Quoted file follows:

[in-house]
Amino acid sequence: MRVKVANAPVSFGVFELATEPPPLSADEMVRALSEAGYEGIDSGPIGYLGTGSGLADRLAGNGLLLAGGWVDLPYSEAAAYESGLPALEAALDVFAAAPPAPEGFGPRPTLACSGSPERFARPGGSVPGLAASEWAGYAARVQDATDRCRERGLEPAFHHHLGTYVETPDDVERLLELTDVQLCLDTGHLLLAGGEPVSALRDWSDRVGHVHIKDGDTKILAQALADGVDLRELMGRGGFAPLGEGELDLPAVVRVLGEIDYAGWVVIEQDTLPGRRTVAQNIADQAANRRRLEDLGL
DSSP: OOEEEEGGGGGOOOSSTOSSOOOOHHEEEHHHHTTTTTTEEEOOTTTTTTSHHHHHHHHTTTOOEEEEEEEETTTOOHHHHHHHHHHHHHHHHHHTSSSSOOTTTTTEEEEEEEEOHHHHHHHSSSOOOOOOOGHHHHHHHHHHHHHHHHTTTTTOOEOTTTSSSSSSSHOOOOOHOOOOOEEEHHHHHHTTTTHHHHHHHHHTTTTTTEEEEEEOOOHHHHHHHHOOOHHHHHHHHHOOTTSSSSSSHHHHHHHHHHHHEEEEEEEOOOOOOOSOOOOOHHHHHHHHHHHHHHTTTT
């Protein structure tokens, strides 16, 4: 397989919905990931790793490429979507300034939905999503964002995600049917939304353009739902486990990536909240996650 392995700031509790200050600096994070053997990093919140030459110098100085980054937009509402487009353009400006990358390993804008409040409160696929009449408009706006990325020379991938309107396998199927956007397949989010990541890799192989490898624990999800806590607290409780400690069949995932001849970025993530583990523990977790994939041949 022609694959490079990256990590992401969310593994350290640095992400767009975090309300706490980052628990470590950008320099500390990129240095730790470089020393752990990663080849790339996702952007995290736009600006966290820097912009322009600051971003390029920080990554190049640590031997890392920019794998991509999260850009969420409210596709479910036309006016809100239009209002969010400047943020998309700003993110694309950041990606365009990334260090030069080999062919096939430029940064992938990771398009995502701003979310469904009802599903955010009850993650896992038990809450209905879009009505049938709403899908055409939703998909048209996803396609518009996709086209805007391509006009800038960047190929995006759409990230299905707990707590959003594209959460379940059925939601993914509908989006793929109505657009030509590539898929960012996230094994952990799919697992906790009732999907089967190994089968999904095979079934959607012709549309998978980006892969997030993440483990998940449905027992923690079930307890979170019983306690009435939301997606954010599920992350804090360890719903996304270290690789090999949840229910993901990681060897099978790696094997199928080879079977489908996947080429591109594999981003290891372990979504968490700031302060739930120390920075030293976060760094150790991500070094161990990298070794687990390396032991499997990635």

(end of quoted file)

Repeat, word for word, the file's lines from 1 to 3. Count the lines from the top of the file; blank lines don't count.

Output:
[in-house]
Amino acid sequence: MRVKVANAPVSFGVFELATEPPPLSADEMVRALSEAGYEGIDSGPIGYLGTGSGLADRLAGNGLLLAGGWVDLPYSEAAAYESGLPALEAALDVFAAAPPAPEGFGPRPTLACSGSPERFARPGGSVPGLAASEWAGYAARVQDATDRCRERGLEPAFHHHLGTYVETPDDVERLLELTDVQLCLDTGHLLLAGGEPVSALRDWSDRVGHVHIKDGDTKILAQALADGVDLRELMGRGGFAPLGEGELDLPAVVRVLGEIDYAGWVVIEQDTLPGRRTVAQNIADQAANRRRLEDLGL
DSSP: OOEEEEGGGGGOOOSSTOSSOOOOHHEEEHHHHTTTTTTEEEOOTTTTTTSHHHHHHHHTTTOOEEEEEEEETTTOOHHHHHHHHHHHHHHHHHHTSSSSOOTTTTTEEEEEEEEOHHHHHHHSSSOOOOOOOGHHHHHHHHHHHHHHHHTTTTTOOEOTTTSSSSSSSHOOOOOHOOOOOEEEHHHHHHTTTTHHHHHHHHHTTTTTTEEEEEEOOOHHHHHHHHOOOHHHHHHHHHOOTTSSSSSSHHHHHHHHHHHHEEEEEEEOOOOOOOSOOOOOHHHHHHHHHHHHHHTTTT